The word culture is evident in many conversations today, but is often, in its purest sense, used incorrectly. Mostly, people are referring to the traditional identities of their country such as their national dress, art, literature, architecture, and weapons, by which we recognise them.
For example: The American Indians are distinguishable by their magnificent war bonnets, the African Zulu by their uniquely shaped spears, the natives of the South Pacific by their tattooed bodies, and the Egyptians by the pyramids and sphinx. Such things are iconic, and deserve to be part of a nation’s heritage, but while they contribute to the culture, they, in isolation, are not cultural, as much as they are traditional.
Cicero, the great Roman orator and politician, over 2,100 years ago wrote that “cultura animi” embraced the development of the human form to its highest possible level, explaining that cultivation led to growth through many forms, allowing mankind to continually evolve, and which generation does not dare to dream it is getting closer to a perfect, or utopian state?
If we fast forward to the recent history of Oman, it is very evident that the lifestyles of its neighbours have and will continue to affect the Omani way of life, and consequently the culture. Such similarities in culture led the noted Norwegian explorer Thor Heyerdahl, in the 1960s and 70s to build a craft named Kon-Tiki, from natural materials, and using age-old techniques in South America, sailing it to the South Pacific Islands, a distance of 5,000 miles, to prove that such diffusion of cultures was probable rather than possible.
The anthropologist Dr Edward Burton Tyler, an advocate of cultural evolutionism, defined culture as the distinct and different ways that people live, and that to consciously contribute to a cultural identity, society must act imaginatively and creatively. He may have been correct, but how can a society create cultural change within, when it is continually affected by greater global issues and the societies, dominant or not, close enough to influence their behaviours.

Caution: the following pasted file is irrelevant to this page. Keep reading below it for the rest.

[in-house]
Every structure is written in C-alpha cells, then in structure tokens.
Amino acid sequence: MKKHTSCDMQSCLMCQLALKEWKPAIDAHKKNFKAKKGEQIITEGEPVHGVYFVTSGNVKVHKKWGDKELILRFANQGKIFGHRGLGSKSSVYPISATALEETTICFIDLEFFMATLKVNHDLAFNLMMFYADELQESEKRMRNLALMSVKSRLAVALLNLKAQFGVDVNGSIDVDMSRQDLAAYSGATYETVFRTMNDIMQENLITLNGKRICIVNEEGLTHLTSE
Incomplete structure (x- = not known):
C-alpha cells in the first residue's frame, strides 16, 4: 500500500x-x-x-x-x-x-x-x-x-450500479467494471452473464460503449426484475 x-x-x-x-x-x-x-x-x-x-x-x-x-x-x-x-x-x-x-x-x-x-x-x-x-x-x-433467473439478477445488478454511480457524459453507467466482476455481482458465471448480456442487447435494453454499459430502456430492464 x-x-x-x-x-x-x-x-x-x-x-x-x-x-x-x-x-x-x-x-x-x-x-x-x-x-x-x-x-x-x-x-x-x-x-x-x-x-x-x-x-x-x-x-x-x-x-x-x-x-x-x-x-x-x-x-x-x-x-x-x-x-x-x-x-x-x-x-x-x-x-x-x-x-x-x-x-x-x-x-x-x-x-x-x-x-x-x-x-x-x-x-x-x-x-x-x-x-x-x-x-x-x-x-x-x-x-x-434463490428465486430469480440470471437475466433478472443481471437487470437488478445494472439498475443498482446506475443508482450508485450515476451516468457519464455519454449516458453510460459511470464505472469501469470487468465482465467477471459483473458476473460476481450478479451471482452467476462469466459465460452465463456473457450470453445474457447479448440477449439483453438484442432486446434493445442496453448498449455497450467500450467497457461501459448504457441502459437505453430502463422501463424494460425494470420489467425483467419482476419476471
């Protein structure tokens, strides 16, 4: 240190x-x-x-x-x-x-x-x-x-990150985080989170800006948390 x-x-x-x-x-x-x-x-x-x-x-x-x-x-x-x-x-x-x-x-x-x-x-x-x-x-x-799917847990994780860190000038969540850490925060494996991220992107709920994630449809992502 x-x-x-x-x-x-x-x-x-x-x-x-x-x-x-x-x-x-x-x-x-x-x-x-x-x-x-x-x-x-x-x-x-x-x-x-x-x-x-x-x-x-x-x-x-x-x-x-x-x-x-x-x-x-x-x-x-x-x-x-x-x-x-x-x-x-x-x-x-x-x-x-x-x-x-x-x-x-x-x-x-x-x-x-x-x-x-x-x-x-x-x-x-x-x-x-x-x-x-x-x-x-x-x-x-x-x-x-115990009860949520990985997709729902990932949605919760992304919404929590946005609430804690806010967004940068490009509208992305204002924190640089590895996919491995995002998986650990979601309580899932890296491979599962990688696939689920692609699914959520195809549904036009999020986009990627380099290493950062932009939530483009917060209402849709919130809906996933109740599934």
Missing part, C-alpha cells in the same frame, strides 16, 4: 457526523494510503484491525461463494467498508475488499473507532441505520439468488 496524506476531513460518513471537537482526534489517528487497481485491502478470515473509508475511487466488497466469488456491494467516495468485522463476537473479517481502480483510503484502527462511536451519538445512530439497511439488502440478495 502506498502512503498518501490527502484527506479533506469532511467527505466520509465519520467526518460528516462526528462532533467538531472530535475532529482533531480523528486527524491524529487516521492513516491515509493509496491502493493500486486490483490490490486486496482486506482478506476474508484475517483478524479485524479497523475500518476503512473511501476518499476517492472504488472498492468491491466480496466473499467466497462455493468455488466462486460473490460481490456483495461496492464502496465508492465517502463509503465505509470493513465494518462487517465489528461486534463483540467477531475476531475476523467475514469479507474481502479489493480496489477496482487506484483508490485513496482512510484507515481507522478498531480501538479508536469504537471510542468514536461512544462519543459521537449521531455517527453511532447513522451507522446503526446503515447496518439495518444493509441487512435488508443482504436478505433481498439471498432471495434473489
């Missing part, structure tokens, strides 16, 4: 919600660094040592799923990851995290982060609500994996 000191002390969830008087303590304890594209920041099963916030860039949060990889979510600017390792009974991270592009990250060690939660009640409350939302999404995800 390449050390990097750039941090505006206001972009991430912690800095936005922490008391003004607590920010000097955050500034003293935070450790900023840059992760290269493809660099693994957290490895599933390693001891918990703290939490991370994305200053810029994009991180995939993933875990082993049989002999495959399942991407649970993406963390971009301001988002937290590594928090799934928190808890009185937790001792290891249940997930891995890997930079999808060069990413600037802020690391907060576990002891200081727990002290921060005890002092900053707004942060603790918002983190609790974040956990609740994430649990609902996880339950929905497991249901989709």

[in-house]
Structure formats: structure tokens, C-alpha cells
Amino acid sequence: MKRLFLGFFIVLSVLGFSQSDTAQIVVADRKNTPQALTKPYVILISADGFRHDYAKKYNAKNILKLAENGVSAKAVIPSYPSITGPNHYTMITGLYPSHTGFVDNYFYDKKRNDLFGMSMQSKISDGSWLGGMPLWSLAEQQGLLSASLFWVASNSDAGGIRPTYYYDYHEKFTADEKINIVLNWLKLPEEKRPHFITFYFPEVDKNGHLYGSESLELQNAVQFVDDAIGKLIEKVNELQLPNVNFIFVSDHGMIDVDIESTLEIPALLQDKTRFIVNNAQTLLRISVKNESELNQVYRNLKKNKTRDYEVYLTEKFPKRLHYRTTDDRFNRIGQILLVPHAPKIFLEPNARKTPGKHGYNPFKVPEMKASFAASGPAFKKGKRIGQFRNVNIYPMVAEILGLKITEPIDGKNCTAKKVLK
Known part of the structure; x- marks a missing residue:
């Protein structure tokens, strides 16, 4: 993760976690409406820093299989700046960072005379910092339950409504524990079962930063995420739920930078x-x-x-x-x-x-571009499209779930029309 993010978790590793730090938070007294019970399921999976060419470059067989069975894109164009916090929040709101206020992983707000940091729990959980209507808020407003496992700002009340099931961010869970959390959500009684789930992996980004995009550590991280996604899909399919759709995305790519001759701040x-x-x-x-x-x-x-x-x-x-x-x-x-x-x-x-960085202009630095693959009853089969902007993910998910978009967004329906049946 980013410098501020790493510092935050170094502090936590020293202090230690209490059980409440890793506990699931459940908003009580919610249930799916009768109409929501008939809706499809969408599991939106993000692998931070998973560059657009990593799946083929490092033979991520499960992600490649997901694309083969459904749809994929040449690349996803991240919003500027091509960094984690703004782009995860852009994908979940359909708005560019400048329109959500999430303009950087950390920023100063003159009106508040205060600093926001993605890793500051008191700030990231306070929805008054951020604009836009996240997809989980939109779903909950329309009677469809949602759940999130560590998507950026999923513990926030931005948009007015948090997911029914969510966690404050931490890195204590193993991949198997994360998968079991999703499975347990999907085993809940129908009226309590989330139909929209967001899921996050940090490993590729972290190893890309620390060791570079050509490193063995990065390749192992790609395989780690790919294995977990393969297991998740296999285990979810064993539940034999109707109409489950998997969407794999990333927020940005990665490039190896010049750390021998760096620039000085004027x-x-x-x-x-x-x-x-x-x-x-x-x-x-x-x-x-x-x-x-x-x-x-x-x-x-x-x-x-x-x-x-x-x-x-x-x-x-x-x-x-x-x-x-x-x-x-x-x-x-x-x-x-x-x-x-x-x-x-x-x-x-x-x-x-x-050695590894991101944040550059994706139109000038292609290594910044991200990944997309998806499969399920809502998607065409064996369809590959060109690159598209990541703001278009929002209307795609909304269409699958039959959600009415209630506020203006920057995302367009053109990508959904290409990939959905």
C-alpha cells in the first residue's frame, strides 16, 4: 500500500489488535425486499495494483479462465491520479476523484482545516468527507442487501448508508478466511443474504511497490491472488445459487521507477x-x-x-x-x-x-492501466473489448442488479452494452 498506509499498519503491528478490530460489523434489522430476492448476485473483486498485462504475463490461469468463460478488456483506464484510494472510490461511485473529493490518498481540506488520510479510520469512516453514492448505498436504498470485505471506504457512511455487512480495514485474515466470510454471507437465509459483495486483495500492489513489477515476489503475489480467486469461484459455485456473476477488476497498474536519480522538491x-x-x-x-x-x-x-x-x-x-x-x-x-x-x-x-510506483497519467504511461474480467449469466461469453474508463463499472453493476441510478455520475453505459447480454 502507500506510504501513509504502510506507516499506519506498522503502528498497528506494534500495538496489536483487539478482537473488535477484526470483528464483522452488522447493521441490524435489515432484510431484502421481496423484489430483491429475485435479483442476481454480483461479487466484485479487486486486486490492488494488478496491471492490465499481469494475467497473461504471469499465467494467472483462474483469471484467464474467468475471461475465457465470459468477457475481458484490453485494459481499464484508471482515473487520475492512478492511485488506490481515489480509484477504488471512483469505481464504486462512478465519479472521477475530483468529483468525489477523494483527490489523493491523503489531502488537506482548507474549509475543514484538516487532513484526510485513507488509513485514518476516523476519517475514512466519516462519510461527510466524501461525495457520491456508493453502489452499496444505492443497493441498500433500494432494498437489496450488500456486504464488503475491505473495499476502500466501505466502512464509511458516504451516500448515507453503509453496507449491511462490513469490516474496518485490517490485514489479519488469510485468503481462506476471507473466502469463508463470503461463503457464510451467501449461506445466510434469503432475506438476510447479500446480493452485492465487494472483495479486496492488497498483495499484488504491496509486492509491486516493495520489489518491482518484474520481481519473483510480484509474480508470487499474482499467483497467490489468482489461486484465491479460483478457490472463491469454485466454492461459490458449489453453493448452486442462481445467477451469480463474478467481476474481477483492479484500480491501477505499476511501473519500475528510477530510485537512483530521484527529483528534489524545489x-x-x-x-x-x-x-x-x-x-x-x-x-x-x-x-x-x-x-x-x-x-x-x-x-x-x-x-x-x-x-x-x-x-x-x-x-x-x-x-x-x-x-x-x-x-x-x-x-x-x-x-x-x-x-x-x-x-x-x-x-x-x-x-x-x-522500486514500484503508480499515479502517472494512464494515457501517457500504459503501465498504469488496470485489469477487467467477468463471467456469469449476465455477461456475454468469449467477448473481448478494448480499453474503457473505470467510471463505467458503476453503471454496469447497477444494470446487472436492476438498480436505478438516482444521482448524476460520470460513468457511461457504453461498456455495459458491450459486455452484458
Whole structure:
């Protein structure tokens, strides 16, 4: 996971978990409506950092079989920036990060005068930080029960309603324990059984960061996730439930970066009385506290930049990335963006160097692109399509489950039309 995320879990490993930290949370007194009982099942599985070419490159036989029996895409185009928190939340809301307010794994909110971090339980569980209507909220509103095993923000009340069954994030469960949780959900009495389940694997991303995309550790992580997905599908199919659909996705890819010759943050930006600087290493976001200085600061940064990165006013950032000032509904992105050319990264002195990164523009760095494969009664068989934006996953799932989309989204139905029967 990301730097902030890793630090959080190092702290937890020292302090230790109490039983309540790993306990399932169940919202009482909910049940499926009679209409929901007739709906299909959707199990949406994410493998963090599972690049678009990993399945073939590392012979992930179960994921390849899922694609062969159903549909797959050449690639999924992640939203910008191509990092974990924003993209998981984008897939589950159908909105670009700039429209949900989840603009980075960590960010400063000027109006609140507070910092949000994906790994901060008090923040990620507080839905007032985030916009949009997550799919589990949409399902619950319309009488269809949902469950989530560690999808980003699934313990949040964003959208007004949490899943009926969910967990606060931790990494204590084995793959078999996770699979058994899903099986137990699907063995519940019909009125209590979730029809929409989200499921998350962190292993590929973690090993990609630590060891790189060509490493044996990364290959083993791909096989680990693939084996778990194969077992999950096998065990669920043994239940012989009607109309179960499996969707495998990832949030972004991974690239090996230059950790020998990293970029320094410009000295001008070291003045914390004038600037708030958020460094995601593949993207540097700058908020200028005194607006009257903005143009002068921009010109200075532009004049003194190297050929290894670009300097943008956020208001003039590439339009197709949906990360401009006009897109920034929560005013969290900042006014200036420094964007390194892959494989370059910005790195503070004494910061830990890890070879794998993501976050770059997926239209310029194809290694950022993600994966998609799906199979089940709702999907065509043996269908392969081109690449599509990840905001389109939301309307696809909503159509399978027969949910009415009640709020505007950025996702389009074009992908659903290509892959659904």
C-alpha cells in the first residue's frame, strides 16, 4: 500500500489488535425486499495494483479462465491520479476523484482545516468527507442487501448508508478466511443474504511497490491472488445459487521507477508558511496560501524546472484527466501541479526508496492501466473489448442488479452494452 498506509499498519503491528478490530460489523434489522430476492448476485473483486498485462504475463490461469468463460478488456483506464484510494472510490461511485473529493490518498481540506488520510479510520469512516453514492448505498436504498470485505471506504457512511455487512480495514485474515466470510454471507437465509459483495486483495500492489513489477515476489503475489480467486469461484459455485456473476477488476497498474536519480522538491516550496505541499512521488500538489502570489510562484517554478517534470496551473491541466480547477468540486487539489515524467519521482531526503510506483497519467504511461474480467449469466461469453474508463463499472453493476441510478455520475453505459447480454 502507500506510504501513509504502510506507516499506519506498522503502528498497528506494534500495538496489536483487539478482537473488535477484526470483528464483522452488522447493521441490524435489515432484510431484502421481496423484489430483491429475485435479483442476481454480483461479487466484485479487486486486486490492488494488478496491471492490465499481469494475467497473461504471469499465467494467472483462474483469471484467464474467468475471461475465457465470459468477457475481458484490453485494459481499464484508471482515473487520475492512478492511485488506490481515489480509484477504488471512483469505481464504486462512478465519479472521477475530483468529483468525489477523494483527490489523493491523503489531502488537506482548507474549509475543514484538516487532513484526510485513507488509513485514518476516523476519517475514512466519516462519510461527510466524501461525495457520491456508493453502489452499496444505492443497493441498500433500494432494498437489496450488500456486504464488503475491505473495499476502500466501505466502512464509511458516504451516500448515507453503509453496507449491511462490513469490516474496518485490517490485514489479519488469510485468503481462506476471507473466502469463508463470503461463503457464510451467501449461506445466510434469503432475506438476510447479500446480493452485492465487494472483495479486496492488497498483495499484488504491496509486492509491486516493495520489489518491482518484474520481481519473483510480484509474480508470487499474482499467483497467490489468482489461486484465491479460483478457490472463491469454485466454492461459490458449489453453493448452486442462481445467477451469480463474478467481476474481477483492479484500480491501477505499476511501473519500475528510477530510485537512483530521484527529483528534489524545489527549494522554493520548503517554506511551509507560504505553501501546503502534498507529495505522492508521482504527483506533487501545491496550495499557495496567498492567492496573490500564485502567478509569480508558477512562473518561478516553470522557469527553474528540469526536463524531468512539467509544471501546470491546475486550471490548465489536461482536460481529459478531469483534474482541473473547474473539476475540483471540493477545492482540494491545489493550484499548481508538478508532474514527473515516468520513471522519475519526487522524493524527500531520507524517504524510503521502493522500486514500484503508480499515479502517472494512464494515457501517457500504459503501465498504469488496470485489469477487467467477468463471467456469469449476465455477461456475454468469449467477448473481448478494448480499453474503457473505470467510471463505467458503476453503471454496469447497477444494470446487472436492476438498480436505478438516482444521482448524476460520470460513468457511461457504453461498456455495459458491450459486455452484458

Cultural norms are established by a societal willingness to display certain attitudes and comply with sets of rules that contribute to a common experience. Have you ever lived next to noisy neighbours with kids who are always fighting or crying, who play loud music at all hours, whose kids ring your doorbell at ridiculous hours of the day and night before running away, and who scratch marks on your car?
Mathew Arnold said, culture is the “antithesis of anarchy”, and where we move closer to the ideal human state, and cease to behave as ‘Philistines’, whose manners, habits, character and thinking all allude to despising art, beauty, spirituality and intellect, thus implying that culture is a positive product of all of these. But, under duress the willow bends whichever way the wind is blowing, and both we, and society change, so culture changes, and not always for the best.
Yes, they are only kids doing childish things, but an ongoing litany of such deeds will change your behaviour, and culture, thus proving that behaviour, the backbone of culture is learned or assimilated.
Change and culture, like rust, never sleep. We are in a global era of accelerated cultural change, and all our cultures continue to change and evolve based on what is happening around us. Changes in social dynamics, technological innovation, and environmental factors, all stimulate change and provide opportunities for change, as Jean-Jacques Rousseau termed it, “creating a unique identity.”
Like the inexorably pounding waves of the sea, the winds of change cannot be denied simply because cannot be denied or changed, by mere words, and no sooner have our cultures been affected by technology, than along came COVID-19, changing and shaping our futures, and our grandchildren’s cultures, maybe not forever, but for a time. Life is like that. It is not always fair or fun. In fact, it rarely is, and as Forrest Gump’s momma said, “Life is like a box of chocolates. You never know what you’re gonna get.”